Max is marked by her condition just as much as Esther is; her mark means the same exact thing, though in a different way. Max is everything that Esther isn’t: an American native, the biological daughter, the child who really is a child, the disabled girl who the audience reads as disabled clearly, right away: the Deaf school, signing, Kate saying that “she can hear just enough to lip-read.” By the same token, the filmmakers choose to hide Esther’s condition, to make her seem one thing when she is really something else.
The division between Max and Esther is a division between “visible” and “invisible” disabilities; a division between good cripple and bad, Madonna and whore. And it doesn’t matter who is which.
Let’s play another game:
Esther–thirty-three-year-old Esther, who is often read as a nine-year-old girl, but isn’t one–is going to be a nanny for the Coleman family. (In honor of Peter Sarsgaard, let’s steal a bit from my favorite movie of his. It’s okay: this is a horror movie, after all). Perhaps her condition helps her work; maybe kids find her easy to like and open up to. Esther meets her new charges: son Daniel is nice enough, but his sister Maxine doesn’t talk and sometimes makes strange noises Esther doesn’t understand. Even creepier, when Esther talks to people she can sometimes see Maxine watching her intently from the other side of the room.
In the kitchen, Esther accidentally cuts herself chopping vegetables; Daniel comes running when she screams, but Maxine is drawing in the living room, as if nothing happened. Esther thinks that perhaps she didn’t cut herself at all, but was manipulated by some strange spiritual, mind-controlly force, and Maxine had something to do with it. (Let’s steal from The Omen and Village of the Damned while we’re at it).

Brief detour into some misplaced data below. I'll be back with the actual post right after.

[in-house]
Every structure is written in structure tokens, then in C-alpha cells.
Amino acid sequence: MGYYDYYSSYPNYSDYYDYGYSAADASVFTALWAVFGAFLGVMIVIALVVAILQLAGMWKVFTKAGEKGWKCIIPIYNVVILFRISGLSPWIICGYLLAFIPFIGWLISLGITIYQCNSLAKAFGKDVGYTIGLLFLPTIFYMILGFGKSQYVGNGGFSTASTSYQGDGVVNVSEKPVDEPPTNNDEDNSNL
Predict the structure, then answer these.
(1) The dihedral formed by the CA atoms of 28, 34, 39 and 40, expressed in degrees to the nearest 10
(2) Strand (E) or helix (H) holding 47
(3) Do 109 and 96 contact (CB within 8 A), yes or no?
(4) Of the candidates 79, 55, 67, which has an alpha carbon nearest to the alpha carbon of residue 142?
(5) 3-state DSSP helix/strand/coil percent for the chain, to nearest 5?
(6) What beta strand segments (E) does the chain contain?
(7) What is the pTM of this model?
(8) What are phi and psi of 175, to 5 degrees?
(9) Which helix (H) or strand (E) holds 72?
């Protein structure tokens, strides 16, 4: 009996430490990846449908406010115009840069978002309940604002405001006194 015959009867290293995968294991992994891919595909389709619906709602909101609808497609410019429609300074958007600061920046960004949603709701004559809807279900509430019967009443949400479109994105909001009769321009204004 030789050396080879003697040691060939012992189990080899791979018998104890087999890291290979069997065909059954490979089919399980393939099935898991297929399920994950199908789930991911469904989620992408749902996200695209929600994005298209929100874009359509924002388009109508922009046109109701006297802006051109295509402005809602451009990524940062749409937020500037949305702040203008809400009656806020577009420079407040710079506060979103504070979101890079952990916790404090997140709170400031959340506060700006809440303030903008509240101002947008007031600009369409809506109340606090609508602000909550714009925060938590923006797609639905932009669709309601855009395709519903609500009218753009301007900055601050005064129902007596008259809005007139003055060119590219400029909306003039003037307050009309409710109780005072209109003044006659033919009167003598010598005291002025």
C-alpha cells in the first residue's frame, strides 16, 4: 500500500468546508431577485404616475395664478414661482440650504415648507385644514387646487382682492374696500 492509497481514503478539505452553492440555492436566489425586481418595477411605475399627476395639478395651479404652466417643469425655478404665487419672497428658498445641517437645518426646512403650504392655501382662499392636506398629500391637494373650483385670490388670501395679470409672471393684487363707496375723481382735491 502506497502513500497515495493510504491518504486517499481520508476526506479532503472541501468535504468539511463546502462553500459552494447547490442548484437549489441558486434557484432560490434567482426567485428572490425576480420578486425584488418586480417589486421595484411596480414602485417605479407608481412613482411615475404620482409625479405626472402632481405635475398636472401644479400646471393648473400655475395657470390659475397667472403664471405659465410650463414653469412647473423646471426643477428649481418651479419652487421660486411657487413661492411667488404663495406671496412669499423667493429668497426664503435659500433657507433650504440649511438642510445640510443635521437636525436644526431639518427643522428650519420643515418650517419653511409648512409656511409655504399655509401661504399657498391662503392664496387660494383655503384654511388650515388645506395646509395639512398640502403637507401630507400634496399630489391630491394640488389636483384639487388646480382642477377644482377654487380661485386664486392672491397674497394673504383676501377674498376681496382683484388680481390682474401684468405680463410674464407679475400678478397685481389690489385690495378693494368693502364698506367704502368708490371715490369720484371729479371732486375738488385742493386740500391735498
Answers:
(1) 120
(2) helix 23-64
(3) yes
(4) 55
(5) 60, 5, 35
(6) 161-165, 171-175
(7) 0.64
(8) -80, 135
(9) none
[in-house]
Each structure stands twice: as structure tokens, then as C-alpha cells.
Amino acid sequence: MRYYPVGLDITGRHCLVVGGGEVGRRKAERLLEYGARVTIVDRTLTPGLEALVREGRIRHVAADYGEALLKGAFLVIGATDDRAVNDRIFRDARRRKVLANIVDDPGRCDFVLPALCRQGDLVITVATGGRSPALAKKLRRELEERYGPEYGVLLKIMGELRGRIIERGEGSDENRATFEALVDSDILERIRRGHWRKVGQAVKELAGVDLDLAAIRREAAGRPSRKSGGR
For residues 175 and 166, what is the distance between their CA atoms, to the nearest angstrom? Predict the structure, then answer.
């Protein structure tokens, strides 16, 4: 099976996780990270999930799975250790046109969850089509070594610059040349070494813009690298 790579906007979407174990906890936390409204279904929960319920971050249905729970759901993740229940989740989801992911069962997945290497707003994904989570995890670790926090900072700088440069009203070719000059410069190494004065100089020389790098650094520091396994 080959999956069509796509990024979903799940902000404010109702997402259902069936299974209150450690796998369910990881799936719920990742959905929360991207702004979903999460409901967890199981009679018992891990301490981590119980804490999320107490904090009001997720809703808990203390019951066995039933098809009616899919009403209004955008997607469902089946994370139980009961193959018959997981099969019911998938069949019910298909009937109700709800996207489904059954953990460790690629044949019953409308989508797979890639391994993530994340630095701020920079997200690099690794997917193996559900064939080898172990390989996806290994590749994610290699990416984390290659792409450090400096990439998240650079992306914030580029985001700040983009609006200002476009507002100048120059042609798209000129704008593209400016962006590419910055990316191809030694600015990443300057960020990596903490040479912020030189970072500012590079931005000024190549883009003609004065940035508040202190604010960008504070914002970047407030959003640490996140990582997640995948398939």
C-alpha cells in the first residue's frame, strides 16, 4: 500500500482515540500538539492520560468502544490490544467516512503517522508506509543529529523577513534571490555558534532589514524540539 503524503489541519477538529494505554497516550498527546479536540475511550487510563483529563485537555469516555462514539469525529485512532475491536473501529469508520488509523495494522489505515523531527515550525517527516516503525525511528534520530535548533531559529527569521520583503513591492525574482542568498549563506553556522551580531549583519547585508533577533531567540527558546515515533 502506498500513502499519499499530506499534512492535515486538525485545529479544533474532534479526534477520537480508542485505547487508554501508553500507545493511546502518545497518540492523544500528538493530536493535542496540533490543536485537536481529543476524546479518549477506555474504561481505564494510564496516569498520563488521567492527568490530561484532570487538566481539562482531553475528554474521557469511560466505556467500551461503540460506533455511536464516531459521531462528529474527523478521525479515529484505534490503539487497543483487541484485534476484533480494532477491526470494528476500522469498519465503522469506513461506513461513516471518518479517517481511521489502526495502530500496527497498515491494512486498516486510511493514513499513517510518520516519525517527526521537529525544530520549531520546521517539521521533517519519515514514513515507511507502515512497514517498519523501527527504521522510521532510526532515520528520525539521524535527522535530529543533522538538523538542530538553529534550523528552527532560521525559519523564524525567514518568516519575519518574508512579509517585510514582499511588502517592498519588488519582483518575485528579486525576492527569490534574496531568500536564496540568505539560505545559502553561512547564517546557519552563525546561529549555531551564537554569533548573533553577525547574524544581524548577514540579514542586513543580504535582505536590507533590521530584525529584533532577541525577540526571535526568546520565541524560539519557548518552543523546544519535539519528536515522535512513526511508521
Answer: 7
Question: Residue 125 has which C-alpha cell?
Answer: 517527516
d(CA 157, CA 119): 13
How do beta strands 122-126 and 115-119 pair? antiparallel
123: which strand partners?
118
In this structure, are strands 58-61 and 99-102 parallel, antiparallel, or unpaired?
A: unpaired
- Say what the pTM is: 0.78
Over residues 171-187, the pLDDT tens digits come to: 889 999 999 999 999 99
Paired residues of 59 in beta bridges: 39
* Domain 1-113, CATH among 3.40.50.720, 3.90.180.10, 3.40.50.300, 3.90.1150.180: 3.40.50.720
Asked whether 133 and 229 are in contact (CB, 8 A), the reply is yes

Requisite weird stuff happens–I like flying furniture, personally–and Esther decides to high-tail it out of there. Nervously she plans her escape: whispering to herself, she decides to climb out the back window at midnight. But when she gets there, Maxine is there already! As if she read her mind! Then, because we are mean-spirited and really tired of this game, Maxine’s powers implode the house Carrie-style and everyone dies. The end.
Orphan constructs its disability narratives, but the film did not pluck these narratives out of thin air. The “disabled people are deceivers” meme is everywhere. If we’re not conning Social Security or abusing handicapped parking, we’re busy being either “addicted” to pain medicine or “not really autistic,” and sometimes we’re magically creating an “illusion of competency.” If we can do something today, but not tomorrow, we are lazy. If we see, hear, feel things other cannot–or just don’t take our meds–we are scary.
And people with disabilities, who are constantly told what we “really” are or aren’t, come to believe it. We hesitate to identify ourselves as disabled, because our problems are nothing like “real” disabled people’s. Or we are afraid of getting read as currently able by other disabled people. This way, society has a handy tool to oppress us and divide us at the same time.
 Even I’m constructing the girls’ disabilities in my own way, leaving little word bread crumbs so that, perhaps, you might figure out just what’s “wrong” with Esther much faster than I did.